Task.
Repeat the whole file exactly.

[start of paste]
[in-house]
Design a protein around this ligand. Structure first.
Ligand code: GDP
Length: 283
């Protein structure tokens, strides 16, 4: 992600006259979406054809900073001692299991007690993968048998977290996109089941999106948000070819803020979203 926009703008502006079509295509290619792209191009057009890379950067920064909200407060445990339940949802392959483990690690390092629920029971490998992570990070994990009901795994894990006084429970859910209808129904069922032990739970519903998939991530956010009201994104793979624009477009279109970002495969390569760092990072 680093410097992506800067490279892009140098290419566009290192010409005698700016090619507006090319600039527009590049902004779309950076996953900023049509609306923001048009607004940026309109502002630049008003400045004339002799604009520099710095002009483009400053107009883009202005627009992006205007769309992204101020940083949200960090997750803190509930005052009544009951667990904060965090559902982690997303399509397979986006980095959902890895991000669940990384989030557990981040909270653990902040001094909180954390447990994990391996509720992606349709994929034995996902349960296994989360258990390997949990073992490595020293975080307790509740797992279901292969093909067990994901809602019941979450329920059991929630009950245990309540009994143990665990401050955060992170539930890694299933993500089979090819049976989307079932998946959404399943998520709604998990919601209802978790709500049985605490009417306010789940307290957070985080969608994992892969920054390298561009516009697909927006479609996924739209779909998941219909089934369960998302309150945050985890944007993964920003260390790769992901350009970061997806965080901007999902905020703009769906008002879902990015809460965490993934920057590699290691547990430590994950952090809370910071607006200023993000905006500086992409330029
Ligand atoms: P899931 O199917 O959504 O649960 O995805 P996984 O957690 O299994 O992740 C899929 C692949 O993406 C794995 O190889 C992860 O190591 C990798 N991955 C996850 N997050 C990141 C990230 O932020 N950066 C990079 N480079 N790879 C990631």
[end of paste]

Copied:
[in-house]
Design a protein around this ligand. Structure first.
Ligand code: GDP
Length: 283
């Protein structure tokens, strides 16, 4: 992600006259979406054809900073001692299991007690993968048998977290996109089941999106948000070819803020979203 926009703008502006079509295509290619792209191009057009890379950067920064909200407060445990339940949802392959483990690690390092629920029971490998992570990070994990009901795994894990006084429970859910209808129904069922032990739970519903998939991530956010009201994104793979624009477009279109970002495969390569760092990072 680093410097992506800067490279892009140098290419566009290192010409005698700016090619507006090319600039527009590049902004779309950076996953900023049509609306923001048009607004940026309109502002630049008003400045004339002799604009520099710095002009483009400053107009883009202005627009992006205007769309992204101020940083949200960090997750803190509930005052009544009951667990904060965090559902982690997303399509397979986006980095959902890895991000669940990384989030557990981040909270653990902040001094909180954390447990994990391996509720992606349709994929034995996902349960296994989360258990390997949990073992490595020293975080307790509740797992279901292969093909067990994901809602019941979450329920059991929630009950245990309540009994143990665990401050955060992170539930890694299933993500089979090819049976989307079932998946959404399943998520709604998990919601209802978790709500049985605490009417306010789940307290957070985080969608994992892969920054390298561009516009697909927006479609996924739209779909998941219909089934369960998302309150945050985890944007993964920003260390790769992901350009970061997806965080901007999902905020703009769906008002879902990015809460965490993934920057590699290691547990430590994950952090809370910071607006200023993000905006500086992409330029
Ligand atoms: P899931 O199917 O959504 O649960 O995805 P996984 O957690 O299994 O992740 C899929 C692949 O993406 C794995 O190889 C992860 O190591 C990798 N991955 C996850 N997050 C990141 C990230 O932020 N950066 C990079 N480079 N790879 C990631």